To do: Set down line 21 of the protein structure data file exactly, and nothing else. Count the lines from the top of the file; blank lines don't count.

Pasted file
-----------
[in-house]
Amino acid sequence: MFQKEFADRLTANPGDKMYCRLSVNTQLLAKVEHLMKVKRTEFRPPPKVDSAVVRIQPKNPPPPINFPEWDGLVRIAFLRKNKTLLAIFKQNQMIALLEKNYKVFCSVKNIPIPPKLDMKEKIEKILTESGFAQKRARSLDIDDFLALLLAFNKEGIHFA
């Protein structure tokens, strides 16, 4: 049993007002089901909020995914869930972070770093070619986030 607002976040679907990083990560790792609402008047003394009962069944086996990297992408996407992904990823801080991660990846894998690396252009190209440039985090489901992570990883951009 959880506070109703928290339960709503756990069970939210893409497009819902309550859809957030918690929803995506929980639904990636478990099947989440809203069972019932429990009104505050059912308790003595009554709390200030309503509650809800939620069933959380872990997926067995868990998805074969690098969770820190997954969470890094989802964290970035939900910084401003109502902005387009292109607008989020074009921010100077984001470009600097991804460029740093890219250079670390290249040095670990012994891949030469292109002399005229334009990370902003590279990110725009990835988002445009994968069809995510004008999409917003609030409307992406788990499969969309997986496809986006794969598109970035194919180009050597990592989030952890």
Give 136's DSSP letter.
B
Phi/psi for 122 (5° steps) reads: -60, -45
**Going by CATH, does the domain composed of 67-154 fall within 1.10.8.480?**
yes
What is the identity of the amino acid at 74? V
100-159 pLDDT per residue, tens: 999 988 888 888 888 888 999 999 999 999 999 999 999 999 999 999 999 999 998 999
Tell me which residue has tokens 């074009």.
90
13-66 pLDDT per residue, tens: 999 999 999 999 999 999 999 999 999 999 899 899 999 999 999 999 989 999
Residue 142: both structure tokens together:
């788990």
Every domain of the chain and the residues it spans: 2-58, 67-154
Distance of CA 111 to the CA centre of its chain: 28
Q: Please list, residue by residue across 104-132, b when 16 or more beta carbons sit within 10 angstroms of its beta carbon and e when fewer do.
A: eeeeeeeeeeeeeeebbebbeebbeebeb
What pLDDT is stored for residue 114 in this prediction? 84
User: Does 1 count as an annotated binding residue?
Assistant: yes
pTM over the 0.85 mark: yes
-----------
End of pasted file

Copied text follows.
User: Does 1 count as an annotated binding residue?